This article appeared in the December 2009 issue of SKI.
I first arrived in Tahoe in the midst of a full-blown Sierra blizzard. It was a quintessential Tahoe experience, though I didn’t know it at the time. So much snow had fallen in such a short amount of time—and was continuing to fall—that only the roadway ahead and the white walls of snowdrifts on either side could be seen. Nothing else was visible. None of the brick-and-clapboard buildings or Wild West facades of downtown Truckee. No A-frames nestled in big Ponderosa pines. I couldn’t see the mountains. I didn’t even know there was a lake.
Storms of this sort, followed by weeks of dazzling West Coast sun, are a defining feature of the Tahoe Basin, and a lead player in its history. It was exactly this kind of storm in 1846 that stranded the Donner Party just a few miles west of what is now Truckee. Supersized snowfalls made it not only practical, but smart for a guy named Snowshoe Thompson to deliver the trans-Sierra mail on skis from the 1850s to the 1870s, spreading a love of skiing across the Sierra Nevada at the same time. The signature pattern of big snows followed by sparkling sunshine lured San Franciscans, who started ski clubs in the 1920s alongside their beloved summer cabins and camps. After World War II, the snow and sun also beckoned Hollywood stars to the chic Tahoe slopes. (Some of them also appreciated the proximity to Reno, one of the few places at the time where it was possible to get a quick divorce.)
A classic Sierra blizzard cleared just moments before the opening ceremonies of the first televised Olympic Winter Games, held at Squaw in 1960, welcoming the world to one of California’s best winter secrets: world-class skiing in the beautiful Tahoe Basin. Certainly, the television coverage helped introduce American skiers to the region’s seemingly contradictory charms: stunningly pure natural beauty combined with the underpinning of the playfully indulgent, anything-goes California lifestyle. The publicity conspired with new easy air access, a boom in hotel beds and the consistently great skiing to make Heavenly Mountain Resort (then called Heavenly Valley) one of the three most-visited ski areas in the U.S. soon after that.
Nothing—and everything—has changed since then. The snow still piles high. The natural beauty overwhelms. And Tahoe’s enduring laid-back style, combined with a new wave of both plush and needed amenities, makes this corner of the High Sierra one of the planet’s greatest places to ski.
But I knew none of this yet. It was 1978, and I was 15. My parents had put me on a Greyhound bus in Santa Monica. An assistant coach for the Squaw Valley USA Ski Team met me at the depot in Truckee and drove me to the Olympic Valley. I saw only one road sign through the swirling snow. Placer County, it said. North Shore? South Shore? I didn’t know the difference—only that I was on my way to world-famous Squaw Valley USA, where I would be living in a bunkroom at my new ski coach’s home. What else did I need to know?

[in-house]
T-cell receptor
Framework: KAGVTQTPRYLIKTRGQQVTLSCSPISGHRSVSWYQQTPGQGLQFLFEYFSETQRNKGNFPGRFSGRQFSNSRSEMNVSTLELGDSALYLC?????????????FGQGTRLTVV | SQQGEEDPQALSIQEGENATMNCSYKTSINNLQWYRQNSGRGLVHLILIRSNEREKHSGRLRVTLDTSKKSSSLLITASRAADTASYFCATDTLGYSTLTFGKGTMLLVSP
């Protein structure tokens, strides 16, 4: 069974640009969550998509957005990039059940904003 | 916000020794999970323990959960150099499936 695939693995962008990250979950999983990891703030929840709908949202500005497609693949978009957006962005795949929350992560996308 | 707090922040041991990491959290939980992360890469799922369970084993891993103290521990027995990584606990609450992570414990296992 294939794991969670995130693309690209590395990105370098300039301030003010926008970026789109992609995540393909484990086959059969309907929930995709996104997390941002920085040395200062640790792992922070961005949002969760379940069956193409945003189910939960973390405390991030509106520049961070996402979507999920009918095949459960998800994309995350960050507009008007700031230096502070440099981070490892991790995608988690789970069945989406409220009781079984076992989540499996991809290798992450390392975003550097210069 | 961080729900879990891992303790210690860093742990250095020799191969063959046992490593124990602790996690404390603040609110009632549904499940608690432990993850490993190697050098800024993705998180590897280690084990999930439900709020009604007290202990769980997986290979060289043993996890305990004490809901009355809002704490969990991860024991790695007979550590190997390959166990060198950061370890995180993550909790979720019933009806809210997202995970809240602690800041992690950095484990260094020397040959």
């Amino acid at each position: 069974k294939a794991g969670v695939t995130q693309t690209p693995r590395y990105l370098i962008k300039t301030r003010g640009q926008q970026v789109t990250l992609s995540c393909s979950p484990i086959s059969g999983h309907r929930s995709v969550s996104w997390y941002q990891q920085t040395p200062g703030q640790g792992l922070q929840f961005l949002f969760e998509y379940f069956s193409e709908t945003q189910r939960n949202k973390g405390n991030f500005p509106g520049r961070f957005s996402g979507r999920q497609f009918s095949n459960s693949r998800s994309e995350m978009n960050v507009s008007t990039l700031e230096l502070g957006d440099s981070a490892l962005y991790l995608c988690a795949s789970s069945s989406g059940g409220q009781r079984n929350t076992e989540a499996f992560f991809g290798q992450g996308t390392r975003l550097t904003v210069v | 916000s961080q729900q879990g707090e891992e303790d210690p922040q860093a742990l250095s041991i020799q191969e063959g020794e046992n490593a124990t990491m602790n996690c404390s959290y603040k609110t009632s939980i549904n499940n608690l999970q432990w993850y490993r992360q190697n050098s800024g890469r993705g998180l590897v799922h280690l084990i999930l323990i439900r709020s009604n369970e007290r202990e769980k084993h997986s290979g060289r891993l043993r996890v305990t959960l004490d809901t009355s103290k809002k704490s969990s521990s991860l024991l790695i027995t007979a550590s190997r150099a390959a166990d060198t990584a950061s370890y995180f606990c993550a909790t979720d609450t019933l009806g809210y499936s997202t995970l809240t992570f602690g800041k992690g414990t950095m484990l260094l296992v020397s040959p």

The next day, race training was canceled due to the deluge of snow. I took my first run alone on Squaw’s Red Dog, wearing blue jeans. I couldn’t see the trail. I had never skied in four feet of powder. I made a few tentative turns, then promptly fell head first into the deep snow. After extensive kicking and struggling, I eventually retrieved my gear and battled my way down the mountain, gasping and muttering, jeans frozen and crusted from the thighs down.
Of course, I was hooked. The cliquish Squaw Valley kids dismissed me, and I was terrible at racing. But it didn’t matter. Squaw Valley’s rock-and-roll skiing and soul-stirring landscape had cast its spell.
I would spend the rest of my teen years pining for Squaw the way other Southern California girls pined for surfers. But Squaw was just the start. In measurements alone, the Tahoe basin is off the American ski charts: Some 24,000 lift-served acres. More than 160 ski lifts. Fifteen alpine ski areas. All of it in an area measuring no more than 100 road miles from end to end. California and Nevada aren’t the first states to come to mind when Americans think skiing. But in fact border-straddling Tahoe is the only place in the U.S. with such a huge amount of skiing in such a small area.
Yet the numbers barely begin to tell the tale. Tahoe’s culture is just as key to its appeal. Tahoe is both laid-back and lively, upscale and lowbrow. It can be strangely unreal yet often feels—like the
finest New England ski towns—as deeply authentic as American ski destinations get.
At its best, Tahoe is hypnotically scenic, in a palette of green, white and blue. Towering pines. Giant boulders. A clear mountain lake so big it’s more like an inland sea. And amidst it all, Tahoe delivers diversity for skiers that’s unmatched. Day areas and destination resorts. Cheap draft beers and tatty motels. Thousand-dollar wines and travertine-tiled Ritz-Carlton suites. Casinos. Race runs. Bump runs. Backcountry runs. Cruisers that yaw, pitch and roll. And world-famous steeps that have made—and broken—many skiing careers.
What you won’t find in Tahoe is one Grand Unified Theory on how to best enjoy the place. It’s simply too big and too diverse. Those who know the region and its resorts can find what they love most in a ski vacation. But this can be a confounding, complex destination for newcomers who like their ski holidays simple, car-free and centralized. In fact, that’s part of the pull of the place.
A word of caution: The snow can fall fast and deep here. And then the winds whip across the Sierra crest. And the sky clears, as it always does, revealing an astoundingly scenic realm. So even if you fall headfirst into a Tahoe snowdrift while skiing in the unfortunate choice of blue jeans, consider yourself forewarned. Like that first love—the one you never forget—Tahoe gets under your skin.